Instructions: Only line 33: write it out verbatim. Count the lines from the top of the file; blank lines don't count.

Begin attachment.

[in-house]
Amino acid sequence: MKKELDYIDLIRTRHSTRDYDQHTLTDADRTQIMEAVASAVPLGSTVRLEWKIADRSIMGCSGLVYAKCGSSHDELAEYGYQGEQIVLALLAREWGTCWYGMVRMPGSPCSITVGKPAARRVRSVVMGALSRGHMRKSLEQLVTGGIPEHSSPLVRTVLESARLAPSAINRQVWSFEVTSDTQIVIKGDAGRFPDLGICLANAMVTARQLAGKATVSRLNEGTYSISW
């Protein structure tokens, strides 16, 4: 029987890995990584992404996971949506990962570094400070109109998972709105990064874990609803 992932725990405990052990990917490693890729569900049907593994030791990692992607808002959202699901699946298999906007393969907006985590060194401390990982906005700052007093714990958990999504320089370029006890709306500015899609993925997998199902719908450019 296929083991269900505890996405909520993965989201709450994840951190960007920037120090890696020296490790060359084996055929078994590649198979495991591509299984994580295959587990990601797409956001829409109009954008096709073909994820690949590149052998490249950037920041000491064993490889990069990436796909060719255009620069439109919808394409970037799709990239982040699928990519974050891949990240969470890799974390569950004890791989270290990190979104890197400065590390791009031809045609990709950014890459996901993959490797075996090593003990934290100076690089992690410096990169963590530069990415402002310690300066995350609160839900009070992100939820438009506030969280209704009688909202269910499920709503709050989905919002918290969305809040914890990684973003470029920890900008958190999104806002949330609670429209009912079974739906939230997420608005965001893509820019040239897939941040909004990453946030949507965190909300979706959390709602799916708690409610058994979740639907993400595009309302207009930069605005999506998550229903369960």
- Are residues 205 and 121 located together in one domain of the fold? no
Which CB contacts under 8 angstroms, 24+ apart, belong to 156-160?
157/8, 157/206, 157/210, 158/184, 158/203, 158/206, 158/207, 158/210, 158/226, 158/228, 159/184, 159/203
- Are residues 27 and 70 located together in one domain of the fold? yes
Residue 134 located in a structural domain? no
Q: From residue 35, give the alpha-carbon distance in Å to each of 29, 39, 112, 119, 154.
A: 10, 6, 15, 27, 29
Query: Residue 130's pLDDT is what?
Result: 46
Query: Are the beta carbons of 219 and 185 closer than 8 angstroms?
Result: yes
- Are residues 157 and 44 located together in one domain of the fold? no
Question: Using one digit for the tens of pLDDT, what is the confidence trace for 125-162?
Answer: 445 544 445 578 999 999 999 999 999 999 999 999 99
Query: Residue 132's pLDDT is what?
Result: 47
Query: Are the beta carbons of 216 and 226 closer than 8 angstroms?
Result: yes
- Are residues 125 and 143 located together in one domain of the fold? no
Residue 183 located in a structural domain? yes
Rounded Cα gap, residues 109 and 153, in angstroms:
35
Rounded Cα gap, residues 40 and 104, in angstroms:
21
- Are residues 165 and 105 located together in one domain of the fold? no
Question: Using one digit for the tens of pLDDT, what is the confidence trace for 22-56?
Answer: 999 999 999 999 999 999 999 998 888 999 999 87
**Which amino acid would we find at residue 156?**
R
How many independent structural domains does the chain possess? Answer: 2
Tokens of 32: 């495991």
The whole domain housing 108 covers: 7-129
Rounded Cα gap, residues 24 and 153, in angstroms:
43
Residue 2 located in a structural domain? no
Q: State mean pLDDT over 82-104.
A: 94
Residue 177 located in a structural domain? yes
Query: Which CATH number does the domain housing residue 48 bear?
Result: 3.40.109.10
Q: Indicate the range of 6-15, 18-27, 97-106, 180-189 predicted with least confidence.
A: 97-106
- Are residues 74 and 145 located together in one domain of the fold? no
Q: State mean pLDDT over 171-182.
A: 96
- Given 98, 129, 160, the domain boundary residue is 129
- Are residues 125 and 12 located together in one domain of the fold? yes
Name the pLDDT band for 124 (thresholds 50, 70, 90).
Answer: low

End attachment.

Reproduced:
How many independent structural domains does the chain possess? Answer: 2